Gayatri Mantram

You may have heard of the Gayathri Mantra. It is called Brahmopadesam or The Great Teaching. Brahmins and some other Hindus perform a ritual called Upanayanam for Young Boys. During  this upanayanam ritual the father secretly whispers the Gayathri Mantram in his ear. Now the boy is ready to start the stage of brahmacharya, during which he will remain pure and do all the things (charyas), that will help him attain Brahman. (The great state of God).

For Modern Indian boys, this is a fun event during which they get a lot of gifts and get to wear a sacred thread around their shoulder and neck. That thread has three strings. They change it once a year, wear it on special occasions and devote their time to the acquistion of a westernised education that avoids every spiritual subject. Many of them even forget the Gayathri Mantram.

But for Ancient Indian boys, this was a very special event that changed their life. The education they received was derived from The Veda. It had a very strong spiritual and scientific component to it. Many of them learned weaponry as well.

The Gayathri Mantram was composed by Viswamitra. Vyasa put it into the third Mandala of the Rig Veda. There are 62 Hymns in the 3rd Mandala.  Agni, Indra, Viswedevah, Asvins, Mitra, Rbhus and Ushas are the Devas invoked through these hymns. The 10th Mantra of the 62nd Hymn is the Gayathri Mantra.

When Viswamitra meditated on this mantram, he turned from a rajarshi a rishi of the kings, into a brahmarshi, rishi of the brahmans.

It is a part of Ancient India, that is living even today, in our traditions. It is no longer a secret. You can meditate on this three times a day if you like. Learn the proper pronounciation and the proper tune and rythym (chandas). The name of the chandas is Gayathri, which is why this mantram is called the Gayathri Manthram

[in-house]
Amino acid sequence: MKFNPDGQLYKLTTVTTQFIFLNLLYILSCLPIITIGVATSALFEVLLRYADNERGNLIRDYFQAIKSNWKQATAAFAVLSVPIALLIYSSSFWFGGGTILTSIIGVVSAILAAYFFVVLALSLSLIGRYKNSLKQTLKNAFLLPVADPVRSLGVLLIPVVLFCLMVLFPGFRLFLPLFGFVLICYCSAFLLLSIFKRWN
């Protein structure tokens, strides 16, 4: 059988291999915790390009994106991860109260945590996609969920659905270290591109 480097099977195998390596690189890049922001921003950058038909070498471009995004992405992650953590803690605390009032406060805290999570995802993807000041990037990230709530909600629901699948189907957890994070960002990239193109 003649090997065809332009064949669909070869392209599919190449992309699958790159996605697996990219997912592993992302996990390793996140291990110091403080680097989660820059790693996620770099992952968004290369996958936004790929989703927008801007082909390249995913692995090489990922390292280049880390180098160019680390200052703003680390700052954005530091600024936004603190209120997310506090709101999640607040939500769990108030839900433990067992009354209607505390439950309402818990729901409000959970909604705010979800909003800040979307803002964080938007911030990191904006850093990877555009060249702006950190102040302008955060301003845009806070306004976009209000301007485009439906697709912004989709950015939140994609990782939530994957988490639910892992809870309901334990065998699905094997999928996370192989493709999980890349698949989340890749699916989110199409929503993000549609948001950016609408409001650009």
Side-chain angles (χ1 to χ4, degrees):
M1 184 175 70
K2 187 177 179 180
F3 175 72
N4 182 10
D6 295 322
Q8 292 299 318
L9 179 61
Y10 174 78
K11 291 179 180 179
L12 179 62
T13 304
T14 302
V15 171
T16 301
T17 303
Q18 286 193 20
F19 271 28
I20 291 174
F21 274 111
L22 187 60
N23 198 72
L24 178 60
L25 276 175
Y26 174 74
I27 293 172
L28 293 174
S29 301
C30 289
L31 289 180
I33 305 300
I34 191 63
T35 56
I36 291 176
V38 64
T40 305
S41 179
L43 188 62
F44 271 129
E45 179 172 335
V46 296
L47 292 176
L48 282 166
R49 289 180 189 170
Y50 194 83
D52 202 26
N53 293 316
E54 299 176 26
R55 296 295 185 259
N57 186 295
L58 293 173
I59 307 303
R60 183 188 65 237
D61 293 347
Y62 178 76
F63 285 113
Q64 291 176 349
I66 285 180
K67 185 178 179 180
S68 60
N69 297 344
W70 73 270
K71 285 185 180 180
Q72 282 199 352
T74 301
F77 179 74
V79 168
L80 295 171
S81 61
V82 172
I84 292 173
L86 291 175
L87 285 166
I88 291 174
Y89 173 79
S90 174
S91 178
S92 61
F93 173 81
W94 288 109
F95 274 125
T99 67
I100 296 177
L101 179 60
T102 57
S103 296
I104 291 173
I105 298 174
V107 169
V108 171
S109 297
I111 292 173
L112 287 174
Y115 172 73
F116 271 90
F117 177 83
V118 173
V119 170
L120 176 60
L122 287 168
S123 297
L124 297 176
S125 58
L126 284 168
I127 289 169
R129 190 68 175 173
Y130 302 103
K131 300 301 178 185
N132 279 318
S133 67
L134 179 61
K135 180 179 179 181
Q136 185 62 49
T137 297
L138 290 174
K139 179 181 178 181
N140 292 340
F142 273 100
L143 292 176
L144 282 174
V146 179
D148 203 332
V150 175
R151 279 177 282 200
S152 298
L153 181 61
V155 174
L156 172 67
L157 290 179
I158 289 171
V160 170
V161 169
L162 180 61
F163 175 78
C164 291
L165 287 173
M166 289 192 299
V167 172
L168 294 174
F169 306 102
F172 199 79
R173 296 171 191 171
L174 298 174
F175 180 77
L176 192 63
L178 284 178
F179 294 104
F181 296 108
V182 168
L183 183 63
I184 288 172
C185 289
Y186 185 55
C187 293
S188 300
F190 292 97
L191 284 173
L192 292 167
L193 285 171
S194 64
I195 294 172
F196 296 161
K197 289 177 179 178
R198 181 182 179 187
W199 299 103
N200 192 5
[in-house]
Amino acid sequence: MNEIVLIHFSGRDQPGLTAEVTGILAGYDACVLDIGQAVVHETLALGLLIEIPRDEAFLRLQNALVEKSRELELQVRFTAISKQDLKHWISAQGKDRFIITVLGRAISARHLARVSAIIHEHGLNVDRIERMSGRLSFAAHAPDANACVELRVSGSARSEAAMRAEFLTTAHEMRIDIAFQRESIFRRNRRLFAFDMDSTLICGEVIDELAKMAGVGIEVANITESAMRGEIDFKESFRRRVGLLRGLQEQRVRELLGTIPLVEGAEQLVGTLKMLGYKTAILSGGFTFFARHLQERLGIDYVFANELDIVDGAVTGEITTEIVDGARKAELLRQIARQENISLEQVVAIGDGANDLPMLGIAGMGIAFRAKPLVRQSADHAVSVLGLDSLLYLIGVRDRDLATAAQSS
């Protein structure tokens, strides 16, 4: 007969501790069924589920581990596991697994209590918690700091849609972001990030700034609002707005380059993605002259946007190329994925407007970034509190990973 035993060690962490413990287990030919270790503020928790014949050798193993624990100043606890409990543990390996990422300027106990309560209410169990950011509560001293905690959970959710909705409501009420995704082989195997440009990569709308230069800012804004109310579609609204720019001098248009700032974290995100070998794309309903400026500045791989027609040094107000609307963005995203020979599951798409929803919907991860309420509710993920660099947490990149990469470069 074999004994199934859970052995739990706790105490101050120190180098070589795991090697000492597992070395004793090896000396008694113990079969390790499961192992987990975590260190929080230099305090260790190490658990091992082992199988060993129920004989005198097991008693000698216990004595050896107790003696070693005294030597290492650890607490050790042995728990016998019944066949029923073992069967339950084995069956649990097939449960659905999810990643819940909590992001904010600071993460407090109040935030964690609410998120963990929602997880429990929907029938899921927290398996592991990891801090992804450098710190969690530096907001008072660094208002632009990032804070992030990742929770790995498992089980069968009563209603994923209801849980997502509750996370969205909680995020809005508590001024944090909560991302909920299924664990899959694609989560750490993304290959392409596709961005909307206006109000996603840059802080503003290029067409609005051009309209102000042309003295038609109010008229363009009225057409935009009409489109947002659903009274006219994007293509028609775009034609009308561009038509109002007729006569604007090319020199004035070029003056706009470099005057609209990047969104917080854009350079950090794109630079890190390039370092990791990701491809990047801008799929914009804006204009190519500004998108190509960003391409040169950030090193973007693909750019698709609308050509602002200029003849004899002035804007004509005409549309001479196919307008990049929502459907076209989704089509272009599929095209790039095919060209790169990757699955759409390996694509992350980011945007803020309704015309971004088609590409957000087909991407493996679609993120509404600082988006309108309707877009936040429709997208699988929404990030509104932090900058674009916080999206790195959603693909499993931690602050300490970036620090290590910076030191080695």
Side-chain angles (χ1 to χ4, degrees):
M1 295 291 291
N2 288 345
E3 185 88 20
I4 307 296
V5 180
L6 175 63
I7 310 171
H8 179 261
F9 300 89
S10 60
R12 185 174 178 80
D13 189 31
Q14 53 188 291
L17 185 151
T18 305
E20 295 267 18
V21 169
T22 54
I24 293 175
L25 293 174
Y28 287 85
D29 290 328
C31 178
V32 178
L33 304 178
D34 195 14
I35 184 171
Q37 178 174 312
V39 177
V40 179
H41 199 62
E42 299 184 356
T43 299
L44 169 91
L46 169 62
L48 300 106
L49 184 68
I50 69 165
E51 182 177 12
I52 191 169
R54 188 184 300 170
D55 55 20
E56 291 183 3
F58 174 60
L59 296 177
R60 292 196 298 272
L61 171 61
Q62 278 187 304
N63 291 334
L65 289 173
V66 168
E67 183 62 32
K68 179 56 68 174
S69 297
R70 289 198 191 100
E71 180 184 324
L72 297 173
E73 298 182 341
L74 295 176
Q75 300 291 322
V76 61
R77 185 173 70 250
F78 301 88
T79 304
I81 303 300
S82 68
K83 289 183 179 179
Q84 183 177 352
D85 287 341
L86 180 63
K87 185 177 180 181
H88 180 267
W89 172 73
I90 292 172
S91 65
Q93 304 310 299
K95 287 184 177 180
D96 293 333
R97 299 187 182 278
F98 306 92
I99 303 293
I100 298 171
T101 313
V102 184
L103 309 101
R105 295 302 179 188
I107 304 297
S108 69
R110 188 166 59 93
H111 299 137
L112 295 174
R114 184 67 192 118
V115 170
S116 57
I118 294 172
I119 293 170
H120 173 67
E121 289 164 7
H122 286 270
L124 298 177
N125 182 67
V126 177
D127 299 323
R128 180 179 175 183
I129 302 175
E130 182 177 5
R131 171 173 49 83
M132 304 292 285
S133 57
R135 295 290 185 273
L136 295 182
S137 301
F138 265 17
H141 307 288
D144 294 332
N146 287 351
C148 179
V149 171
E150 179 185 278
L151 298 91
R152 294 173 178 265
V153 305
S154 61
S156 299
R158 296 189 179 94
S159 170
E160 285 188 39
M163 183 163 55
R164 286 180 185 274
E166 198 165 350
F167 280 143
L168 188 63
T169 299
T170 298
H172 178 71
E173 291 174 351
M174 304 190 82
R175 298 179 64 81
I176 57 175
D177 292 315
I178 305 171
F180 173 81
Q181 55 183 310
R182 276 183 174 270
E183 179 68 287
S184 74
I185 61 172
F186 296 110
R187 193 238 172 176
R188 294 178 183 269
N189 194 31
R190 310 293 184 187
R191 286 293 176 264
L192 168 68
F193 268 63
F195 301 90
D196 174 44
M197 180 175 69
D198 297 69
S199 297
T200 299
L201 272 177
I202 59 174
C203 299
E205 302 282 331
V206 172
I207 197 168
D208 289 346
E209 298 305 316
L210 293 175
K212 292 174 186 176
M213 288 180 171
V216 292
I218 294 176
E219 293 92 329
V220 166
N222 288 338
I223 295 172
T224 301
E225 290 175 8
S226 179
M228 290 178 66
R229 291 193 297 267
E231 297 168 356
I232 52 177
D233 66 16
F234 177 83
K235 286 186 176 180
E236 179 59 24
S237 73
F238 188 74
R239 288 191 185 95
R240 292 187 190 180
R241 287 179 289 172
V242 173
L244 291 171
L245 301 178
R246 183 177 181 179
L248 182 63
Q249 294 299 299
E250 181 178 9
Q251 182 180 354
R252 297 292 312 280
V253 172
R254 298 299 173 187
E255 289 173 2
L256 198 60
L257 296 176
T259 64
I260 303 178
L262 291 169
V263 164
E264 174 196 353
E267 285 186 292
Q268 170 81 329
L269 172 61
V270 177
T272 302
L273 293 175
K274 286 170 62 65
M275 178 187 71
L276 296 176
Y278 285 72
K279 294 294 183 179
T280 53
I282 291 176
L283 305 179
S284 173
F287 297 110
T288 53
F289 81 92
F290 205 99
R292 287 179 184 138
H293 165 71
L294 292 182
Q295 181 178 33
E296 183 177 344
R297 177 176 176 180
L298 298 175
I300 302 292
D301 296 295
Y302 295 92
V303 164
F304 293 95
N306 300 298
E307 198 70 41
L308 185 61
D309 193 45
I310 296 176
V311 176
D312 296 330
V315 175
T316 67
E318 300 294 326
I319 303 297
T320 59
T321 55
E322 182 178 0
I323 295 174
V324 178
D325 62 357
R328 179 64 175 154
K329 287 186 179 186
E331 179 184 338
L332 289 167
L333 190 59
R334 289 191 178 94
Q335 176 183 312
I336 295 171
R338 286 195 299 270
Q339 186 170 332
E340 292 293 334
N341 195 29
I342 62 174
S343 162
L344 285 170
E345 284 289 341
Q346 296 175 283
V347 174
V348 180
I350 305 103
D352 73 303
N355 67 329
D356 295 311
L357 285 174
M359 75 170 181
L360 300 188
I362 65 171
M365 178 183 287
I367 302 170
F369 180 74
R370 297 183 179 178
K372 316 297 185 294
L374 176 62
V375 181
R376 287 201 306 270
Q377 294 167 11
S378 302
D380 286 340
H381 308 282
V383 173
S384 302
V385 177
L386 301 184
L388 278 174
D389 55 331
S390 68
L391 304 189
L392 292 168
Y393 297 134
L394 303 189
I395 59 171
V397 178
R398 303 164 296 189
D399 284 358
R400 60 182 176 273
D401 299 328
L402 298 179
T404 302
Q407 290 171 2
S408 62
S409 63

Here is the shloka written in English script with its meaning :

Om Bhur Bhuva Svah

Om, That which is past, present and in the future,

Tat Savitr Varenyam

That perfect source, creator and protector

Bhargo Devasya Dhimahi

On the splendour of that Deva, We meditate

Dhiyoyo  Nah Prachodayat.

May our minds be illuminated!

There are quite a few other interpretations. Some people translate the first line as the three worlds : the earth, the space between the earth and the sun and the space between the sun and the pole star. The next two lines they translate as the brilliance of the Sun, but nearly everyone translates the last line the same sense.

Another definition of Gayathri as per the Mahabharata, Bhishma Parva.

Sanjaya tells Dhritarashtra :

“Of mobile and immobile creatures, there are thus one less twenty; and as regards their universal constituents, there are five. Twenty-four in all, these are described as Gayatri (Brahma) as is well-known to all. He who knows these truly to be the sacred Gayatri possessed of every virtue, is not liable, O best of the Bharatas, to destruction in this world.”

“Creatures in this world are of two kinds, mobile and immobile. Mobile creatures are of three kinds according to their birth, viz., oviparous, viviparous, and those engendered by heat and damp. Of mobile creatures, O king, the foremost are certainly those called viviparous. Of viviparous creatures the foremost are men and animals. Animals, O king, of diverse forms, are of fourteen species. Seven have their abodes in the woods, and seven of these are domestic. Lions, tigers, boars, buffaloes, and elephants as also bears and apes, are, O king, regarded as wild. Kine, goats, sheep, men, horses, mules, and asses,–these seven amongst animals are reckoned as domestic by the learned. These fourteen, O king, complete the tale of domestic and wild animals, mentioned, O lord of earth, in the Vedas, and on which the sacrifices rest. Of creatures that are domestic, men are foremost, while lions are the foremost of those that have their abode in the woods. All creatures support their life by living upon one another. Vegetables are said to be immobile, and they are of four species viz., trees, shrubs, creepers, creeping plants existing for only a year, and all stemless plants of the grass species.”

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